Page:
Wow! What a read! It's easy to see why this first novel from Fletcher Moss won the 2013 Times/Chicken House Children's novel competition.
It's a swashbuckling, sewertramping, riverswimming, mudswilling, punchflinging, pistolshooting adventure story. Set at an indeterminate time - but one that recalls aspects of the Georgian, Victorian and Edwardian eras - and in the fictional town of Highlions - a sort of smaller, darker London type city - complete with river running through, the book has crime, intrigue and plenty of surprises - as well as a bit of sweet and innocent first love.
And, hurrah, there's not a vampire in sight!
The story is told in a succinct and uncluttered way which gives it the brisk pace that its target readership demands. The plot is essentially a quest - a quest for justice and to solve a mystery. The main character is Dalton Fly who works as a poison boy. His work involves pre-tasting the food of the rich in order to ensure it's safe to be eaten. After his friend and fellow poison boy dies horribly having drunk some poisoned wine, Dalton is on a mission to find the poisoner. The mission is dangerous, shocking and throws up some unexpected truths for Dalton.
The characters are complete originals. Dalton is a wonderful and endearing hero who is both brave and vulnerable. His friends, acquaintances and adversaries are also well-drawn. A few deft brushstrokes and his friends including Sal Sleepwell, Scarlet Dropmore and Luke Eppington are brought instantly to life. You only need to meet them once and you feel you know them. Dalton's enemies are equally vivid. The truly awful Pallis Tench is gruesome, grotesque and great!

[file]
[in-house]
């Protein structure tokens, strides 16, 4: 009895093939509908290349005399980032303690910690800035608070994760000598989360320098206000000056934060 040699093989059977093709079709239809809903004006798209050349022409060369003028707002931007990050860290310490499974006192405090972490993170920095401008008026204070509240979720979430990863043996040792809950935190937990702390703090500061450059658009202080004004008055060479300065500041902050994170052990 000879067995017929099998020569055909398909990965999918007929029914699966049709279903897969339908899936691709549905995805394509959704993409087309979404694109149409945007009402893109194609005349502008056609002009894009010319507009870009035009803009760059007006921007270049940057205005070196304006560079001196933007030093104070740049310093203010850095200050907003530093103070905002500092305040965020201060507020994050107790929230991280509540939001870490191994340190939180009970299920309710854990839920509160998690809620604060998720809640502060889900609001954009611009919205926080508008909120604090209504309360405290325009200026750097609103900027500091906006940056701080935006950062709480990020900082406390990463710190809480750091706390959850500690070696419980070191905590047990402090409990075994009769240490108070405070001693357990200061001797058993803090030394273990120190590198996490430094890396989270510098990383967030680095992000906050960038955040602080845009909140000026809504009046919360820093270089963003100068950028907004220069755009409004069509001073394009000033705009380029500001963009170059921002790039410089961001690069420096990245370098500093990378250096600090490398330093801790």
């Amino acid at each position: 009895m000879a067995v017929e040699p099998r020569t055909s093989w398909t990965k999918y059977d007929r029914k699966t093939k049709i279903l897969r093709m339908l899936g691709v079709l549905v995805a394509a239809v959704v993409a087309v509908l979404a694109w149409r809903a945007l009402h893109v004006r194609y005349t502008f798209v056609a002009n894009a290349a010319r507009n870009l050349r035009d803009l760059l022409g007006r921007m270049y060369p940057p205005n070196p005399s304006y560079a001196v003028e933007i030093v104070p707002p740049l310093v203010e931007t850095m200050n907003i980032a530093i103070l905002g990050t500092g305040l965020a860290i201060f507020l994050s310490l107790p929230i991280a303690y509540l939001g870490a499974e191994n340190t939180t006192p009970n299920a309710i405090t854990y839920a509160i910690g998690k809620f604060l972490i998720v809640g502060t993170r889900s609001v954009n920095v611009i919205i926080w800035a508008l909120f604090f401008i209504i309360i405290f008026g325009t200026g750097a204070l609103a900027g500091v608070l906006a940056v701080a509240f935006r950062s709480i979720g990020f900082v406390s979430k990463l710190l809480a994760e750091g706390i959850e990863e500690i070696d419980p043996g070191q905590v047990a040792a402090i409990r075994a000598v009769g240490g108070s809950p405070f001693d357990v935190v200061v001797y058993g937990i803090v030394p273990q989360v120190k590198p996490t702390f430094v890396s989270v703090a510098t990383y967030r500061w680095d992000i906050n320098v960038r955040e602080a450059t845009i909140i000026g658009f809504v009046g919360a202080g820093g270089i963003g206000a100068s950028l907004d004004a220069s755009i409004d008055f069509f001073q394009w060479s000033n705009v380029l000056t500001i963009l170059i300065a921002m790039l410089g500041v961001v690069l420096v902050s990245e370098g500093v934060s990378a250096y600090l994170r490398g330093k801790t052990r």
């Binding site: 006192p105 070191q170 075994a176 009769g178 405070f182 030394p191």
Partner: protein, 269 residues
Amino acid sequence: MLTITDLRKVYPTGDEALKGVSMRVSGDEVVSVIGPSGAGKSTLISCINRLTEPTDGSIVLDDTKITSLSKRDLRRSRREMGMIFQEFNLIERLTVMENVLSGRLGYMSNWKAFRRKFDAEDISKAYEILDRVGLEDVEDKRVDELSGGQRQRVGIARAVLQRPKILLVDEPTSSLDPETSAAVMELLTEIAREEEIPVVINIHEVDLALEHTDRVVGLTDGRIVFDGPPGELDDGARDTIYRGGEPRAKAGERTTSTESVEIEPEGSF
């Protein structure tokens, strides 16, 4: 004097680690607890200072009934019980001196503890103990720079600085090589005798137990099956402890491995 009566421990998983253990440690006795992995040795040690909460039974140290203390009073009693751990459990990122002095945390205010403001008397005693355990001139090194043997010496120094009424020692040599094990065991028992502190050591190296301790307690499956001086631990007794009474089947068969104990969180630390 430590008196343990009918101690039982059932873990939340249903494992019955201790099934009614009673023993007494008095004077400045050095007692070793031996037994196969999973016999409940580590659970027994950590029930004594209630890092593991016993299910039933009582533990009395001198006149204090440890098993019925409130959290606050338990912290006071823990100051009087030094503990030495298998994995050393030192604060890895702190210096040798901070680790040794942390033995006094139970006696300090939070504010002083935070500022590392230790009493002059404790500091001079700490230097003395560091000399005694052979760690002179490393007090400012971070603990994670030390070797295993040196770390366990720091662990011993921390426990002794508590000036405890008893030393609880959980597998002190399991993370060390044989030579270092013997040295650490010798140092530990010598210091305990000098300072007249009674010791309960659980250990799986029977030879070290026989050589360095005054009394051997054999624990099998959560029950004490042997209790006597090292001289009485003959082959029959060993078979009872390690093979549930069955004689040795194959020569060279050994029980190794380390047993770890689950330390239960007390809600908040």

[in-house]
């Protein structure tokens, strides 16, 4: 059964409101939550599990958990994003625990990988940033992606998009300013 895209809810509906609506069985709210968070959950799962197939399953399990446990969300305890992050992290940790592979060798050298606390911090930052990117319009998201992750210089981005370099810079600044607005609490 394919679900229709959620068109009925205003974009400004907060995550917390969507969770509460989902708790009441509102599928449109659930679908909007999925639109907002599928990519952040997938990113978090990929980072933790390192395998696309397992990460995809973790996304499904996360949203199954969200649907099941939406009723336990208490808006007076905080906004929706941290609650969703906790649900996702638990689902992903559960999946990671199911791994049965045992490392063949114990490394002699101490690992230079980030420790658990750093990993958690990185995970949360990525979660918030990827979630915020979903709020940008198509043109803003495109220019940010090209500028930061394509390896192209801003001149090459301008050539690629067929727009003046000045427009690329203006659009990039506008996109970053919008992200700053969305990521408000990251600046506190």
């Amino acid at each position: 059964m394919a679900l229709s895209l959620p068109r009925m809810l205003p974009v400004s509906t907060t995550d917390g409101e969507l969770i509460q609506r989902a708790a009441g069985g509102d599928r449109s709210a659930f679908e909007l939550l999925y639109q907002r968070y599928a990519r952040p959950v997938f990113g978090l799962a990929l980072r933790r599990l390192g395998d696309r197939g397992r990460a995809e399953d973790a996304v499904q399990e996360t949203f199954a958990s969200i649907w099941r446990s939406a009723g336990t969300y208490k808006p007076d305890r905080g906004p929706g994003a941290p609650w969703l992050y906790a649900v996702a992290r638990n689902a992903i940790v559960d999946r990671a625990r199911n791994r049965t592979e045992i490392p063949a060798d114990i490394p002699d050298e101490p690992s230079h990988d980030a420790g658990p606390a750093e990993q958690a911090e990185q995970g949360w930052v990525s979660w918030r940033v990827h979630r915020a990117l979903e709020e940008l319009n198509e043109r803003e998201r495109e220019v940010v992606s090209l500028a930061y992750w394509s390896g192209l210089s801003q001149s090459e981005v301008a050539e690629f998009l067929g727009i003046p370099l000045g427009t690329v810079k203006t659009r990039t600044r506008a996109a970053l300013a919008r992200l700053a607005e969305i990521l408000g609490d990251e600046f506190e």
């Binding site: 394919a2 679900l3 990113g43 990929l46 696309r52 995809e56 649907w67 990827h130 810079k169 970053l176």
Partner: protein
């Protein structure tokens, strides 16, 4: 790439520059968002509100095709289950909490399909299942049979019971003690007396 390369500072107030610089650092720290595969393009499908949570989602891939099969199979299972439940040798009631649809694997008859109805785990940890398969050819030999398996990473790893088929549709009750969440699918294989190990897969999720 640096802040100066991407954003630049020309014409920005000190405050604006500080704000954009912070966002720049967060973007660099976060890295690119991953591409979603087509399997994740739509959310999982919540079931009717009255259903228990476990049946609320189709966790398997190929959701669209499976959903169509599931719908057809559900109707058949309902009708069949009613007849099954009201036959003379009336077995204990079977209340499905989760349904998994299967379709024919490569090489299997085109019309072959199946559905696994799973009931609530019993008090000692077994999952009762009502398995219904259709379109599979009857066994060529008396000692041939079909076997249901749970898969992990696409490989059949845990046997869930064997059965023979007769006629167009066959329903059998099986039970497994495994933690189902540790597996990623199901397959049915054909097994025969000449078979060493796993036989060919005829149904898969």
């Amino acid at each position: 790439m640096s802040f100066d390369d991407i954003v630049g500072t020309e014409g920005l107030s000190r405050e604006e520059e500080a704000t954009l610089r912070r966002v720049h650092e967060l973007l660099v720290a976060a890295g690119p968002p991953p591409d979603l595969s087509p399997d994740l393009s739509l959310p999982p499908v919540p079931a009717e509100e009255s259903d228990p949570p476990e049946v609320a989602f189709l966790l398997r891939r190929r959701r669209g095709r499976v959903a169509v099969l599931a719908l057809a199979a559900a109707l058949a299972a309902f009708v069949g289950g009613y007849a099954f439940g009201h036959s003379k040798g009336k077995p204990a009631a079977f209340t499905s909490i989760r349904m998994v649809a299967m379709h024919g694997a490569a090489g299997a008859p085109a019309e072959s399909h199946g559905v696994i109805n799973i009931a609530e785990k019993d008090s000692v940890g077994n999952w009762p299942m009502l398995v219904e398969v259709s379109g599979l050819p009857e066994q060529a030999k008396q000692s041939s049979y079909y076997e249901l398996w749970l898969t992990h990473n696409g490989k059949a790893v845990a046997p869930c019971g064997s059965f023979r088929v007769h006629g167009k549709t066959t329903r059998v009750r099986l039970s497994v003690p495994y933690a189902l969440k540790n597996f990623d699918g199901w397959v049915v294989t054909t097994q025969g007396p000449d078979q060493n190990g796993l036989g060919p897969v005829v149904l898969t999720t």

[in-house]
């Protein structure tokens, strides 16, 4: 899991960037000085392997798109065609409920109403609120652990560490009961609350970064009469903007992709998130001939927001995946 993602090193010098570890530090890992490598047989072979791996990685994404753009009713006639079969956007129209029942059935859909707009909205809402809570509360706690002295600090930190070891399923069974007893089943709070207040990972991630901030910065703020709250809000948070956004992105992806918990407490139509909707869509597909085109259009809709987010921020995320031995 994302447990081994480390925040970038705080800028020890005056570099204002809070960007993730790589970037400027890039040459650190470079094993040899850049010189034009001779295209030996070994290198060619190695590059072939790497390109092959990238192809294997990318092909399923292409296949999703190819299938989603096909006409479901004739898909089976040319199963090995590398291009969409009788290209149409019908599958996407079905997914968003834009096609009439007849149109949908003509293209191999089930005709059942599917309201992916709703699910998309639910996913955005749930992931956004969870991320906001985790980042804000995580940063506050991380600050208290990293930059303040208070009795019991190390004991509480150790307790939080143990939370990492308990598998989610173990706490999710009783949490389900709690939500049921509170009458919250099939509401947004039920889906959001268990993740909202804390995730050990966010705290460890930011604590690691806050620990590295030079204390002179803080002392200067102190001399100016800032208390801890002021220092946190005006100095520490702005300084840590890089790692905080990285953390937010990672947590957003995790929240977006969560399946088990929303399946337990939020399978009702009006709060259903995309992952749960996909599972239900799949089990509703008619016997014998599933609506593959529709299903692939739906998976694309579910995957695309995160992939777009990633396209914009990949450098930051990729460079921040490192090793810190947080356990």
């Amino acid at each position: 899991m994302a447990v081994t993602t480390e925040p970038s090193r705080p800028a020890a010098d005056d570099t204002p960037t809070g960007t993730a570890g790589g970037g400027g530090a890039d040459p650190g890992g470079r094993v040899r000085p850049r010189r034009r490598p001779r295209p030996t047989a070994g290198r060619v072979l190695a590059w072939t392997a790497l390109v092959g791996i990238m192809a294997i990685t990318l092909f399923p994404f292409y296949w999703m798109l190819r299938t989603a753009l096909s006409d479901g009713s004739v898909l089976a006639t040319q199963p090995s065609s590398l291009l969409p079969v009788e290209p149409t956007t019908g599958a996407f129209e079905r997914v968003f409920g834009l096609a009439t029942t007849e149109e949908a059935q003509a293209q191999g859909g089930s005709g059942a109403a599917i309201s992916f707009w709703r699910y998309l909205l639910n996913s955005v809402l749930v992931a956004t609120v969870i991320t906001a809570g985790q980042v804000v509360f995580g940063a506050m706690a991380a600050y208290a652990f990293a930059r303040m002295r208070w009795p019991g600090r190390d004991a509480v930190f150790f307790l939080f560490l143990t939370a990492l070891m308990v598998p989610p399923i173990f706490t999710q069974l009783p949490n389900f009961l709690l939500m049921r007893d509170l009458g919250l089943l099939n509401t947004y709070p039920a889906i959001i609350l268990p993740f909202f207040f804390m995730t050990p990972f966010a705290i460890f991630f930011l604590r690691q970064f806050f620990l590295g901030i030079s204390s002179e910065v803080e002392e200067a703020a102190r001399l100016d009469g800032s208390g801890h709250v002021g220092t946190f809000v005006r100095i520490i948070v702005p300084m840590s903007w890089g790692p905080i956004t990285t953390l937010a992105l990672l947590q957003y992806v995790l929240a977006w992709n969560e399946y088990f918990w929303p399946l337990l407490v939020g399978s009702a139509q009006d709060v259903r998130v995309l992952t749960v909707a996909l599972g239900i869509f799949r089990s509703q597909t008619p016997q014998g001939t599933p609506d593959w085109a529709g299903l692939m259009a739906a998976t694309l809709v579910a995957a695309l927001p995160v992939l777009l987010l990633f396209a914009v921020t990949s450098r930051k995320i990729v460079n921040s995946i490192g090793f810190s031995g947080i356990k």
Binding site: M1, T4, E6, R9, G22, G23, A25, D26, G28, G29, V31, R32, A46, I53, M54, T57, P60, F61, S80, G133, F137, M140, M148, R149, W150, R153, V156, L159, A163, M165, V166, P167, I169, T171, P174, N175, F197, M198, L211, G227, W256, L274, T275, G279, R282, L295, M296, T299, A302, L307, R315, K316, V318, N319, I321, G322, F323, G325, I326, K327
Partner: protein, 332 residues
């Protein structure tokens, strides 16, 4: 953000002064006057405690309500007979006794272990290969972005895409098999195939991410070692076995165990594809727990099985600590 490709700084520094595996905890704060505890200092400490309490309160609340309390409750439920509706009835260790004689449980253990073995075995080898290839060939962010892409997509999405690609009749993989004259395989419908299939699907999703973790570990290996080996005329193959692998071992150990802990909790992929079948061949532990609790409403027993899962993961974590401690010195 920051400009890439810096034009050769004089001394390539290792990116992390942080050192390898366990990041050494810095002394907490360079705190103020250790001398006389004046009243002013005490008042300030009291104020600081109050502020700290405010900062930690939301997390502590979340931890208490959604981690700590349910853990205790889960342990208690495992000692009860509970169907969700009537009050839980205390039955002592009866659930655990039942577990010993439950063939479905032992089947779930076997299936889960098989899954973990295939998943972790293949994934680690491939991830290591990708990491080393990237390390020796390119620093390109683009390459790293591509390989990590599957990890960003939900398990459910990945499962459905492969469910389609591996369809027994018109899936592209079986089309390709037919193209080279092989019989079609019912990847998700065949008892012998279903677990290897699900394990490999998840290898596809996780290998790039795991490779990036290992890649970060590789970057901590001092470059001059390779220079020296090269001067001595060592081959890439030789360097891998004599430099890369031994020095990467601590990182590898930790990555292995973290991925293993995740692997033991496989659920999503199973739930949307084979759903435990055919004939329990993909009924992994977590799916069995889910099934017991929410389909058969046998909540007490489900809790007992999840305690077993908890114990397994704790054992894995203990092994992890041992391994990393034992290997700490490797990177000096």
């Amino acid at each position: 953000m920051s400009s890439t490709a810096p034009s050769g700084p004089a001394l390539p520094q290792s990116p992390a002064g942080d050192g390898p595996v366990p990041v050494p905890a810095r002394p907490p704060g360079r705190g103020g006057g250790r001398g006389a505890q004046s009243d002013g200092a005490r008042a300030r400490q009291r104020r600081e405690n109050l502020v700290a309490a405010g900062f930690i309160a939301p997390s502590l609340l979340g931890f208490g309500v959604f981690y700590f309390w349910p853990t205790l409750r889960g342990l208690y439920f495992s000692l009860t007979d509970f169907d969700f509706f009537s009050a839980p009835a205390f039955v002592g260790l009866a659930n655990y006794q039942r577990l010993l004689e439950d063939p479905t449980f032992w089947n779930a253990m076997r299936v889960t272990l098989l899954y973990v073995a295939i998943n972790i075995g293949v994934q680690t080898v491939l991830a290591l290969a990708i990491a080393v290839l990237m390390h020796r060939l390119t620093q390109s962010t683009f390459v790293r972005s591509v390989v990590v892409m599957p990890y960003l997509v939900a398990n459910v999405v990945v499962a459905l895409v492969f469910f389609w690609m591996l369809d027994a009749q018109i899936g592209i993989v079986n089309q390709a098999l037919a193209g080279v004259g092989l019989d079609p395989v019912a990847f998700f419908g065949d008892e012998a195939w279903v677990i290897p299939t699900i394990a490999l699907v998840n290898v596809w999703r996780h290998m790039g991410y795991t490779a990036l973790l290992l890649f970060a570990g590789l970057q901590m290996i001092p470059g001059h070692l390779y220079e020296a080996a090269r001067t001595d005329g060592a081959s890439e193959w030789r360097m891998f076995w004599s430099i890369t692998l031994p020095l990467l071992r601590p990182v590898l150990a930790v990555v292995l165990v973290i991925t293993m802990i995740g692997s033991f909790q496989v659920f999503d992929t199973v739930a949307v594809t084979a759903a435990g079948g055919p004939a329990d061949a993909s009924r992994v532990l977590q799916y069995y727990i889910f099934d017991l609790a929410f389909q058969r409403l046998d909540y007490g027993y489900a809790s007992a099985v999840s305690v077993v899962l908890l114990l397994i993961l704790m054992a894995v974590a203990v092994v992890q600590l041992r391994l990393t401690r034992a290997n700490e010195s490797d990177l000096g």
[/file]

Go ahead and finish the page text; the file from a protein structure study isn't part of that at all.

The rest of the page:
We are led through sewers and tunnels, up chimneys and along rivers, lanes and streets. We are steeped in mud, river water and filth. We see the sights, hear the sounds and smell the smells with lifelike clarity.
The imaginative use of language is superb. I especially love the character names and the 'swear' words - all complete inventions. And I suspect readers may well want to adopt 'dreck' and 'kite' as undercover curses.
The novel is aimed at 10 to 14 year-olds and would probably appeal most to the middle of that age range. But I have a feeling it could well be a 'crossover' book - appealing to adults and children alike.
This a stunning debut. I would love to read Dalton Fly's further adventures and really hope there's a sequel planned.
The Poison Boy is published by The Chicken House and is available from bookshops and on Amazon.
Anne Stormont is a writer and teacher. She can be a subversive old bat but maintains a kind heart. As well as writing for this fine organ, she writes fiction for adults - mainly of the menopausal and post-menopausal female persuasion - and for children. She blogs at http://annestormont.wordpress.com - where you can find out lots more about her.